Tuesday, April 10, 2007

The RIAA and the MPAA Want Pretexting Back

The RIAA and the MPAA are none-to-happy about the anti-pretexting bill put into place by President Bush back in January, and as such, recently submitted an amendment to the bill in California that would allow the two organizations to utilize pretexting in their endless search for online pirates.

Although the amendment has not gone through yet, it would certainly be a dangerous precedent if it did. The anti-pretexting bill really does a public service in protecting citizens from corporate overreach - we can only hope that it is turned down.

3 comments:

sami said...

Being unfamiliar with "pretexting," I spent some time looking it up and I thought It might be helpful to give a brief explanation of the practice, in case I wasn't the only one in the dark.

"Pretexting" is a form of social engineering (read manipulation) in which a "bad guy" presents you with an elaborate lie (the pretext) in order to extract personal information from you.

For example, a few weeks ago I got an email from the University Credit Union claiming they were updating their security or some such, and requesting my password, social security number, account number, etc. All the elements of deception, from the official-sounding format of the message to the look-alike "USC Credit Union" logo helped the email appear legitimate; and I naively forked over the valuable information. As you may have guessed, I was in fact a victim of "pretexting."

Consequently, I WHOLEHEARTEDLY agree with Cameron that this amendment MUST NOT go through. However, I find it very interesting that the anti-pretexting law was passed to specifically criminalize pretexting of phone records, by the very administration caught up in so much hot water over tapping phone lines. Also, I find it "interesting" (read despicable) that the RIAA and MPAA are actually attempting to legitimize a practice which by definition is deceitful.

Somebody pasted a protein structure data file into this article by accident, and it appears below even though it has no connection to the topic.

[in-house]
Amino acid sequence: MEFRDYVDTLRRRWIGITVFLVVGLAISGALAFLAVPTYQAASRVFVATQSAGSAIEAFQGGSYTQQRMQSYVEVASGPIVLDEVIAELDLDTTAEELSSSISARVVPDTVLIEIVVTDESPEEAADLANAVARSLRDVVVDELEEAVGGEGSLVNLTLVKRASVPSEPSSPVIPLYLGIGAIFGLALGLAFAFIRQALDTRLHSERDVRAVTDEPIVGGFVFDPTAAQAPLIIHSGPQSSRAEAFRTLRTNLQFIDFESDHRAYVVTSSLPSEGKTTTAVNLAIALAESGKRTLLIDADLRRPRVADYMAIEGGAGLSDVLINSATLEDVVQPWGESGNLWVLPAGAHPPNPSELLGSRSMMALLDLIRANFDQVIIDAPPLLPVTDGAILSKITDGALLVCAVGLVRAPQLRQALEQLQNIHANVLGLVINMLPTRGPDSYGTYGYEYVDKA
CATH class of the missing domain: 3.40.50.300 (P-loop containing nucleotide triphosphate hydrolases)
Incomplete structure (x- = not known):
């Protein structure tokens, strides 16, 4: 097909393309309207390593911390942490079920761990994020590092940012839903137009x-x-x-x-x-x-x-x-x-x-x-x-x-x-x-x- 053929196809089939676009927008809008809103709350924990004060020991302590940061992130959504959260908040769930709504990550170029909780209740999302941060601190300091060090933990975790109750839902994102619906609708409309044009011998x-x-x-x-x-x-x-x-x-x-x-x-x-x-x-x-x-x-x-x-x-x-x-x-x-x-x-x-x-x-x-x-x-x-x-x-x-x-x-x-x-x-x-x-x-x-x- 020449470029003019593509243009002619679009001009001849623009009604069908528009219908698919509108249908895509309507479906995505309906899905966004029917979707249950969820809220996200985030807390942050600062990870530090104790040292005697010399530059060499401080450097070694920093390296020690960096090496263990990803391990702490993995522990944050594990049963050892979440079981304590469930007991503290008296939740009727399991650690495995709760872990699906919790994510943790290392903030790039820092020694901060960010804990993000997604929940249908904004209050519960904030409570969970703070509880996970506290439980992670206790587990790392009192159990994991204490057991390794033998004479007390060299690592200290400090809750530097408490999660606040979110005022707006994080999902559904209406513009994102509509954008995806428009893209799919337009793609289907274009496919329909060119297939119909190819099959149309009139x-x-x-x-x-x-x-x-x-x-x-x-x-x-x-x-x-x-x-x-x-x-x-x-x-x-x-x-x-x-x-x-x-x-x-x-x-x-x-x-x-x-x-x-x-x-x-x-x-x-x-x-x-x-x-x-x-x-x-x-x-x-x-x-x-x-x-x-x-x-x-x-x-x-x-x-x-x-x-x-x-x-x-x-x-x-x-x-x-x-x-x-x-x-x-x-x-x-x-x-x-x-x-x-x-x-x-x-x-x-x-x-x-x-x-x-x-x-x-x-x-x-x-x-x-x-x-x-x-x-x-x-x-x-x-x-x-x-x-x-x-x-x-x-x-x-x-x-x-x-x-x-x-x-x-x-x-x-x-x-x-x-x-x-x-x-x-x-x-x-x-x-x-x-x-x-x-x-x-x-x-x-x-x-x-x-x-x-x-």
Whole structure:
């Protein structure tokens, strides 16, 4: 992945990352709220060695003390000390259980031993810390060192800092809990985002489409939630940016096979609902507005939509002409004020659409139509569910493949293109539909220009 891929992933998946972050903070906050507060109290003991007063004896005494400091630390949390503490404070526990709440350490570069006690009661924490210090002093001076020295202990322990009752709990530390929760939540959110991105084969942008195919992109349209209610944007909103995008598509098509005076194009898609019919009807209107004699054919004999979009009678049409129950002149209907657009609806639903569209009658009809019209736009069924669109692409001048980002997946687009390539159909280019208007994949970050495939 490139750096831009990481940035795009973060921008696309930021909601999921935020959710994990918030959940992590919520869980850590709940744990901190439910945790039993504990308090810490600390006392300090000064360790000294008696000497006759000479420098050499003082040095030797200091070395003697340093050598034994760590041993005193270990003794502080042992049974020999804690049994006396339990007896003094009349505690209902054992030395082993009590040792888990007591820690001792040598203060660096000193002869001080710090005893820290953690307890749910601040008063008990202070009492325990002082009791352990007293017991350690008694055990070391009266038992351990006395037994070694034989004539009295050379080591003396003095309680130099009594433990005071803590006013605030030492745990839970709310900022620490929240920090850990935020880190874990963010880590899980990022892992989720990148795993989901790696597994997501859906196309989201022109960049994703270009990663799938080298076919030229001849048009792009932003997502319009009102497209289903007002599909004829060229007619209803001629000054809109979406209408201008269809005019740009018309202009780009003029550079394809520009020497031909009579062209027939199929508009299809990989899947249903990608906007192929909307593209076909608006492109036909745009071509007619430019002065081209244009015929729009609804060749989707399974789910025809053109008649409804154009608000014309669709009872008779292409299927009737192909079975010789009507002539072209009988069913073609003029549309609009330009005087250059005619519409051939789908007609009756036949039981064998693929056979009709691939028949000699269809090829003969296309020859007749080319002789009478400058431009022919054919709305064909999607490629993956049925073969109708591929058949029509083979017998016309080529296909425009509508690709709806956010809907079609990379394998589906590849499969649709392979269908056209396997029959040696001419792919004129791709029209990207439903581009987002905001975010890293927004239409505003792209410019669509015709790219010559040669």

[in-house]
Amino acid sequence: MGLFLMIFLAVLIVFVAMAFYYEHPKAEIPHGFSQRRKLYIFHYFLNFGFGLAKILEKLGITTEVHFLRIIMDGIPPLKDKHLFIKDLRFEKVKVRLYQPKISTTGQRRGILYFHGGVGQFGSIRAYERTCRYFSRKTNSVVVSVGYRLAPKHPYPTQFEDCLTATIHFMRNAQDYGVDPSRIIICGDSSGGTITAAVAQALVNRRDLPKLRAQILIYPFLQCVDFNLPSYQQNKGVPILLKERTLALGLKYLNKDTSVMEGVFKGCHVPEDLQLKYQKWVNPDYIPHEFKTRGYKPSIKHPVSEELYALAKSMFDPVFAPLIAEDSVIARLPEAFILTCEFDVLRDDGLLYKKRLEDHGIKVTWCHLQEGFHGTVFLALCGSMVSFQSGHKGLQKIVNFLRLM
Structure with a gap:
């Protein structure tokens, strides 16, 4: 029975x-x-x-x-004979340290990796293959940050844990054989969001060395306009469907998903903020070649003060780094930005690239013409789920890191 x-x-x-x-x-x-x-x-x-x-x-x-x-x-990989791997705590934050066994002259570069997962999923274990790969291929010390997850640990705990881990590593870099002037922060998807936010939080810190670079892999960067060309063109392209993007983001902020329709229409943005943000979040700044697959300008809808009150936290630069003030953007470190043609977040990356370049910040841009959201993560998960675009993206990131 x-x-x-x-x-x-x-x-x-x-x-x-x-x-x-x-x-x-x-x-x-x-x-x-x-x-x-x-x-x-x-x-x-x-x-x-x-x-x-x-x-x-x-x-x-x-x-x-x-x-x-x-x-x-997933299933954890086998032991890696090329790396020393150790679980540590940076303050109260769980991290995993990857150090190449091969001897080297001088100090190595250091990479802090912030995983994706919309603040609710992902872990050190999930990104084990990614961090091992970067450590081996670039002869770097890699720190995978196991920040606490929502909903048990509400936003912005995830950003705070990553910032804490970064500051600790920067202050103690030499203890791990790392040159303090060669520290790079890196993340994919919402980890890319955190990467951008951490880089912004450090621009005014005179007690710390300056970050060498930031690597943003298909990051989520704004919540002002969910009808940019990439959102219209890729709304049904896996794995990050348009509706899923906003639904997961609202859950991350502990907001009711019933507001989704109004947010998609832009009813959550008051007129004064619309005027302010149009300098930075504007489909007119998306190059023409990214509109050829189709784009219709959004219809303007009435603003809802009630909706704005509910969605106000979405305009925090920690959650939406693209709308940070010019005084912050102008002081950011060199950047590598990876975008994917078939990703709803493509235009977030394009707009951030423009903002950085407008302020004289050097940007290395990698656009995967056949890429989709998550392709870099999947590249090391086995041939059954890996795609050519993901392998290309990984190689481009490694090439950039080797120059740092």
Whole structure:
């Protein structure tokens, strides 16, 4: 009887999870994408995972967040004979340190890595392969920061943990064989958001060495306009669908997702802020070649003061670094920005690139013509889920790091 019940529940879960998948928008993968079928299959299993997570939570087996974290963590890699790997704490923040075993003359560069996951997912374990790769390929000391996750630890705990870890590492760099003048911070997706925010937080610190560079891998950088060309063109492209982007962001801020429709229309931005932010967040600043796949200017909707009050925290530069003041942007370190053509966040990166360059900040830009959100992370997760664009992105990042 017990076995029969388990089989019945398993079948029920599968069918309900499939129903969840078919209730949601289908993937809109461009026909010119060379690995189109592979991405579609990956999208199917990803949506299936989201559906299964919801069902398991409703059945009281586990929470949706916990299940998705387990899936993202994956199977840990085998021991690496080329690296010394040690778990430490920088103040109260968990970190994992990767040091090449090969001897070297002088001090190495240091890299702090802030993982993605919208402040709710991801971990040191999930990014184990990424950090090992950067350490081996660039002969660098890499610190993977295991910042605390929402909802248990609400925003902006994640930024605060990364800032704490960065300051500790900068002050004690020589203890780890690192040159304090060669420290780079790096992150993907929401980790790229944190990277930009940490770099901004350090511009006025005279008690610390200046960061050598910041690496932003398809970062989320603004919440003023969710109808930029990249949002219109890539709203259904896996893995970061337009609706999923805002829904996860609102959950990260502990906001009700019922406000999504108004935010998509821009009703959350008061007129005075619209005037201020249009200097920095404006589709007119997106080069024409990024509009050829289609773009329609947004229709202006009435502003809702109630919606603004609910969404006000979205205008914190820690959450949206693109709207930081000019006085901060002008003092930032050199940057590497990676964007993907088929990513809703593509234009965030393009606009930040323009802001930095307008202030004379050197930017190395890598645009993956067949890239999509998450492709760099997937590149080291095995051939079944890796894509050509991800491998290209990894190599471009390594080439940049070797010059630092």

But regardless of whether or not this amendment passes, pretexting will likely continue; and with more and more of our "private" information online (does that equal "in the public record"?), I think the real question is how can we protect ourselves RATHER than how can we discourage the practice.

esguerra said...

To jump onto this social engineering note:

As humans, it seems that the way we perceive threats tends to be simplistic and culturally informed. Social engineering works because it becomes easy to penetrate a system of protection with simple knowledge about the "culture of protection" in a given environment.

In the case of a USC Credit Union phishing email, there is an "offline" culture of security that prescribes color schemes and logos as symbols of legitimacy. Alternatively, an "online" culture of security prescribes proper "https" URLs, certificates, digital signatures, and other best practices for legitimacy--and access to this knowledge largely requires cultural participation in order to be meaningful.

To characterize "black hat social engineering": Why hack computers withinin a tech context when humans within cultural contexts are eminently hackable?

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